Ten front doors

We moved houses twice.
From appartement in the center to a home facing an asylum.
And eventually a house in a tiny, tiny village.

All our doors colored the same imaginary colors.
By arrival we would paint them with our eyelashes.
Blinking the colors blue, white and red onto our front door canvasses. Representing our nations presented on a platter.

At the beginning of January 1990,
my mother stepped out of the hospital into those stacks of dusty snow.
The frozen sparkles defined my love for the cold.
But to showcase the freckles of the sky we needed clarity for our eyes and so all the shades of blue became the color of my mind.

I remember vivid shades of a glowing scenery.
My blood was filled with the chills of powdered snow.
But I knew when the sun came out, the world would bloom.
And so red became the color of my heart.

That tiny, tiny village hadn’t much to offer.
It was nothing compared to the bustling city 1300 kilometers behind me.
But soon it was filled with desires and cheers of a steady life
and silence became excitement.

I remember giggles and squeals roaring from our throats.
I can recite our joys and hopes as if they were songs.
I tried to scratch crayon onto the walls that we built to house our colorful youth. So, by the time I decided to move houses,
white became the base that I could cover with laughter.

Every time I settled for a new door or dorm
I had to paint them using one pair of eyelashes.
I had to do it all alone.
I had no knowledge of stripping or sanding.
I didn’t know the difference between varnish or stain.
So, when my eyelashes became stiffened from forgetting to soak them in turpentine I doubted my capabilities.

I seconded if there weren’t walls between my countries which I’d never seen.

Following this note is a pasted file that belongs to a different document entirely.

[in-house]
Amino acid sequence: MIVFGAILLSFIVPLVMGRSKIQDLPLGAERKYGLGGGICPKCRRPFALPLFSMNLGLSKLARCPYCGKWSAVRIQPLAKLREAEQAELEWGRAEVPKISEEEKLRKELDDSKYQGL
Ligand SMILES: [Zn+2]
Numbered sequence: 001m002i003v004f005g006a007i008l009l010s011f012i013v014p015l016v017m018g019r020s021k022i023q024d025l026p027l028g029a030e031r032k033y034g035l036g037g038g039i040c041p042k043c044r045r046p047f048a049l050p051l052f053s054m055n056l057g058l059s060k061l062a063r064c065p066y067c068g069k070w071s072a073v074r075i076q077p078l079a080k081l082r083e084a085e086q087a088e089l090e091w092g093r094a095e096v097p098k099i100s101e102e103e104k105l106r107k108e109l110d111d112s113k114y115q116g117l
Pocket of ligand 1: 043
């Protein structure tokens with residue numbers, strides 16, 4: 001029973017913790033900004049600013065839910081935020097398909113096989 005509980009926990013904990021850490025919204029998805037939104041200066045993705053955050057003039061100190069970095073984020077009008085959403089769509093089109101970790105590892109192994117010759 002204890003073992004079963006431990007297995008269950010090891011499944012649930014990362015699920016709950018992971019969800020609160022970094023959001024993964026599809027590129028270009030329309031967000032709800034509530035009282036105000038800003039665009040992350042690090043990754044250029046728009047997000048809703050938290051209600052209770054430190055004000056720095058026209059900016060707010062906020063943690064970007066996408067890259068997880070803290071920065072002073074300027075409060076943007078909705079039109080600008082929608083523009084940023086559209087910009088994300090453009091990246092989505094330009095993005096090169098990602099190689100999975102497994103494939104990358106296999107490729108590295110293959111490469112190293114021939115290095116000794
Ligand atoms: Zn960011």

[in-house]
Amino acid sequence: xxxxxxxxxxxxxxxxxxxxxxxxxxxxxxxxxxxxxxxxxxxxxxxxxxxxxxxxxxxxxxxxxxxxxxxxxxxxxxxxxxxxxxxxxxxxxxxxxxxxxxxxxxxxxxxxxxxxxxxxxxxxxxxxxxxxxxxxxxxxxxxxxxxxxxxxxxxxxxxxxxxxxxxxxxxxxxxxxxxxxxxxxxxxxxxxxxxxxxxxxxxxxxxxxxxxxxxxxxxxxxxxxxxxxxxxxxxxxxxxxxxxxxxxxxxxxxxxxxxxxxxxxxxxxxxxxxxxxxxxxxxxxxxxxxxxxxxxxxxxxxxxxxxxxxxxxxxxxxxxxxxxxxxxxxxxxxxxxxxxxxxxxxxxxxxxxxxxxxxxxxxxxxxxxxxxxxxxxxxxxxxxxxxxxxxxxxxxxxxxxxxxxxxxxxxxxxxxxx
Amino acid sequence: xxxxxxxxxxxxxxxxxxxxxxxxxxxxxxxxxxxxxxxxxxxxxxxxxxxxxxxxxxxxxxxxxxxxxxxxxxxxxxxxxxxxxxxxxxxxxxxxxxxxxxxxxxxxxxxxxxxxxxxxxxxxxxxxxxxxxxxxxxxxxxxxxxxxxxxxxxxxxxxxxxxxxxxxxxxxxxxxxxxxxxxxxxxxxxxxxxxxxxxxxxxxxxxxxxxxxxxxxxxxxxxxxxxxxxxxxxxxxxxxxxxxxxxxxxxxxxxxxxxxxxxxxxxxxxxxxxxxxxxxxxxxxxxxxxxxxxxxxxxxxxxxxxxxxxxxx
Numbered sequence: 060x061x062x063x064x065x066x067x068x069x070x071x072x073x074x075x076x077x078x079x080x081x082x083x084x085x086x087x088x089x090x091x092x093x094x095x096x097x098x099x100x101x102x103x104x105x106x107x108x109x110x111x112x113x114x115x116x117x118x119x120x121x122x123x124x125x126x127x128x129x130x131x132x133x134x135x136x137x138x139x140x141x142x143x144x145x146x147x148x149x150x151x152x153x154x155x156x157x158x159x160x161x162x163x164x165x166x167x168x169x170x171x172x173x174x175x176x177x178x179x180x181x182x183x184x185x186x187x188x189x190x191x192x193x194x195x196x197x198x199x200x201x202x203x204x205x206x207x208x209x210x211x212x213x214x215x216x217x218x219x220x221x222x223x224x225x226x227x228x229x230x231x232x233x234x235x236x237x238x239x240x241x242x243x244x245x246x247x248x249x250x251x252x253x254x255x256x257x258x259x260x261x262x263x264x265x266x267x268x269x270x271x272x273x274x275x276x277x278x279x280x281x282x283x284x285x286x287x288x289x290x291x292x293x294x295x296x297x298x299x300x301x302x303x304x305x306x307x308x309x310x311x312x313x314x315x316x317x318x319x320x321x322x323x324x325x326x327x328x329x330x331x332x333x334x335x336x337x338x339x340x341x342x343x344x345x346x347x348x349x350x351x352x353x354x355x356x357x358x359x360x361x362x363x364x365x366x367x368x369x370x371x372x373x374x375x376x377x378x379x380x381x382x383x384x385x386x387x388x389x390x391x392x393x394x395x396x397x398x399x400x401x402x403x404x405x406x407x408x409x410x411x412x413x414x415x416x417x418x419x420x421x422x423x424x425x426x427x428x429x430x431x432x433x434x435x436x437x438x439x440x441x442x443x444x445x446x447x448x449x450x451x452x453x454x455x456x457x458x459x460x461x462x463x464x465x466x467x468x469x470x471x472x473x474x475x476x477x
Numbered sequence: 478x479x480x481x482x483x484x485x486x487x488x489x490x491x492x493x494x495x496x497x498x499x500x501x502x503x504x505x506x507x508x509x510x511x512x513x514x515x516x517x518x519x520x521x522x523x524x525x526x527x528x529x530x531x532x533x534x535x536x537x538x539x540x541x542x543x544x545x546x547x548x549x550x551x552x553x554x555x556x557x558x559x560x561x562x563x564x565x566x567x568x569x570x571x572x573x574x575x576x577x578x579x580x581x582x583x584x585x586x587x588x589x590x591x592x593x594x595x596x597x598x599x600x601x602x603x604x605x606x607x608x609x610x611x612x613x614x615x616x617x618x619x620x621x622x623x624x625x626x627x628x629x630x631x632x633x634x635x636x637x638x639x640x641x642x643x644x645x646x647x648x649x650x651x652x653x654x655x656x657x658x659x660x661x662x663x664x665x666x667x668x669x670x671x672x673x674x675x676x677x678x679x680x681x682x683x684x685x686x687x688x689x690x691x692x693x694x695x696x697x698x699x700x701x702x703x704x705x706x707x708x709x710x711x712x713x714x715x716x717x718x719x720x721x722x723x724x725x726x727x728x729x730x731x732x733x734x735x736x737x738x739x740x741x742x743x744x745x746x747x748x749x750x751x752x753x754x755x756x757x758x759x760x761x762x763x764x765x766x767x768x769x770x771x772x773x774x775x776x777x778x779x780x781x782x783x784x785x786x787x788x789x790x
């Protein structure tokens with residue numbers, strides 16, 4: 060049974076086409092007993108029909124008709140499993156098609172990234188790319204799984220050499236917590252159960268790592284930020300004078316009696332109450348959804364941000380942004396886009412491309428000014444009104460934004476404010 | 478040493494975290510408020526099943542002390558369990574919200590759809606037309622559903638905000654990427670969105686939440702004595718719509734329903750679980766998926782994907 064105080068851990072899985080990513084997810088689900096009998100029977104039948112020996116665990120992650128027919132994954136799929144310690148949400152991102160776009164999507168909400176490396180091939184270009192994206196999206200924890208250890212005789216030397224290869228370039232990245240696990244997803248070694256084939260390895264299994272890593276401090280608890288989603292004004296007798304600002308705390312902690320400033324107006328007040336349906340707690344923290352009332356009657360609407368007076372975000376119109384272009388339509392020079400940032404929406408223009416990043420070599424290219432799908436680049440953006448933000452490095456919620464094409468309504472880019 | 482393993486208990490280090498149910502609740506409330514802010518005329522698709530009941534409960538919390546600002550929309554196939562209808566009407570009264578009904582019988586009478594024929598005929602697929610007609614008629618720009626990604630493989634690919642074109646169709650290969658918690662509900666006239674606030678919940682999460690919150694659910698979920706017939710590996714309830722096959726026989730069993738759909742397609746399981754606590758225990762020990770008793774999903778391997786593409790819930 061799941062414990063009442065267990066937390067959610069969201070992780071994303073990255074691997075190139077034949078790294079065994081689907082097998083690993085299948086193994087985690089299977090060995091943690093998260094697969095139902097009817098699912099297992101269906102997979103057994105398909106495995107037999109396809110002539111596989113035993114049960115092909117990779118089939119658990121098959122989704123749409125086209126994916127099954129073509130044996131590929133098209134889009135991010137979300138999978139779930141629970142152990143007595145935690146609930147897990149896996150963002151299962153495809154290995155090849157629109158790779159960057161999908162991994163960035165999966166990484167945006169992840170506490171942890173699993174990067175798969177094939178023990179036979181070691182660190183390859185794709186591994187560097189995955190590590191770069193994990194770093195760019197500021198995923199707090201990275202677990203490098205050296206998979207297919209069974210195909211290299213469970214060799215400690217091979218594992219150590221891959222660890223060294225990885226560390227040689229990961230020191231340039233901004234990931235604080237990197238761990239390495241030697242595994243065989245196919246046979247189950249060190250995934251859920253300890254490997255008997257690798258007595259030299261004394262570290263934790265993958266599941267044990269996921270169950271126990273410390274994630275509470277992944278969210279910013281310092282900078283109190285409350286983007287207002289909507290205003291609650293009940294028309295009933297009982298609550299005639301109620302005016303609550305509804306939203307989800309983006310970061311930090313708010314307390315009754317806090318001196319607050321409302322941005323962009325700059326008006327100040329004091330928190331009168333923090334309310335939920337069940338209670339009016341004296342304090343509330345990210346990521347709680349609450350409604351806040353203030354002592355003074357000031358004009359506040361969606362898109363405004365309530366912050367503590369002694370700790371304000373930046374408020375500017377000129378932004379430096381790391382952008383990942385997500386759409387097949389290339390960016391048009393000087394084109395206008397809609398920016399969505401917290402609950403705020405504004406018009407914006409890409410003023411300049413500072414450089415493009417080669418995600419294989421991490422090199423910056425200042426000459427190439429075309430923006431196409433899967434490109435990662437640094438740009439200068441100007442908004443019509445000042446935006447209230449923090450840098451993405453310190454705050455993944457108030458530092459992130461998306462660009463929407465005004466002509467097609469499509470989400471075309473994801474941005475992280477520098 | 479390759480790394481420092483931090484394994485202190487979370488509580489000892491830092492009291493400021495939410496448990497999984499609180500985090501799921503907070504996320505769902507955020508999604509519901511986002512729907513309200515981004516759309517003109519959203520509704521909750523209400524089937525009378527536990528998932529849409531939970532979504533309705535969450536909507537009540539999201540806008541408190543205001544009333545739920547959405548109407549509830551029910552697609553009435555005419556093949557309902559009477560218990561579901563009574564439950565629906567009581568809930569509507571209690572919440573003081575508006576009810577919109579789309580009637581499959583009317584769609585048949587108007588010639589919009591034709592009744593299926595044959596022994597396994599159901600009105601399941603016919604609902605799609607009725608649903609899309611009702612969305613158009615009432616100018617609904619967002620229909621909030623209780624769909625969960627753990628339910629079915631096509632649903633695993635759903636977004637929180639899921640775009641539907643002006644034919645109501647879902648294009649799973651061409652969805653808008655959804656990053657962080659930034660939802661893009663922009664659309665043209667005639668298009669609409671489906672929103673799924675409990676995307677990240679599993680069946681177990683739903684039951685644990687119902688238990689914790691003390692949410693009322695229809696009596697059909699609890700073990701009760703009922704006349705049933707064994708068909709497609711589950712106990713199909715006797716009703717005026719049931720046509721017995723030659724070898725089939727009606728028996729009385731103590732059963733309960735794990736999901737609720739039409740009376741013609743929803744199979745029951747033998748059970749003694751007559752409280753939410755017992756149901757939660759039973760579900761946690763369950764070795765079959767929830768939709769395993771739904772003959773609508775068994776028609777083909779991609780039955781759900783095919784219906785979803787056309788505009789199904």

I wondered if the colors red over here matched the color red overseas
and if the color in my heart shared the same color code.
By questioning the shades of my soul I saw everything differently.
Suddenly those walls started to crack and so did my certainty.
My carpet was weaved with confidence and familiarity.
And those threads reassured me who I was.
The long strokes of paint transformed into to chips
which rained down on me like the snow of 1990.
Every piece in my home surrounding me used to keep me grounded but now, the colors muted and the door to my home became dull and grey.

What I thought was the rainbow of my lifeline now was stripped from its core. I didn’t know what colors fit my spirit anymore.
I didn’t recognize the tones of my heart.
And I started to miss the blue, white and red
which I had blinked over and over again.

So, I applied for the same color palette in a different home.
Although I was advised not to.
I filled in several forms in black and white.
Although I was advised not to.
In multiple languages I would speak on the phone.
Although I was advised not to.
But during the process of doubting my countries I discovered our shared rainbows were weaved into our homes

and a home is a skin in which we live.

So every time I blink, I paint my whole world red, white and blue.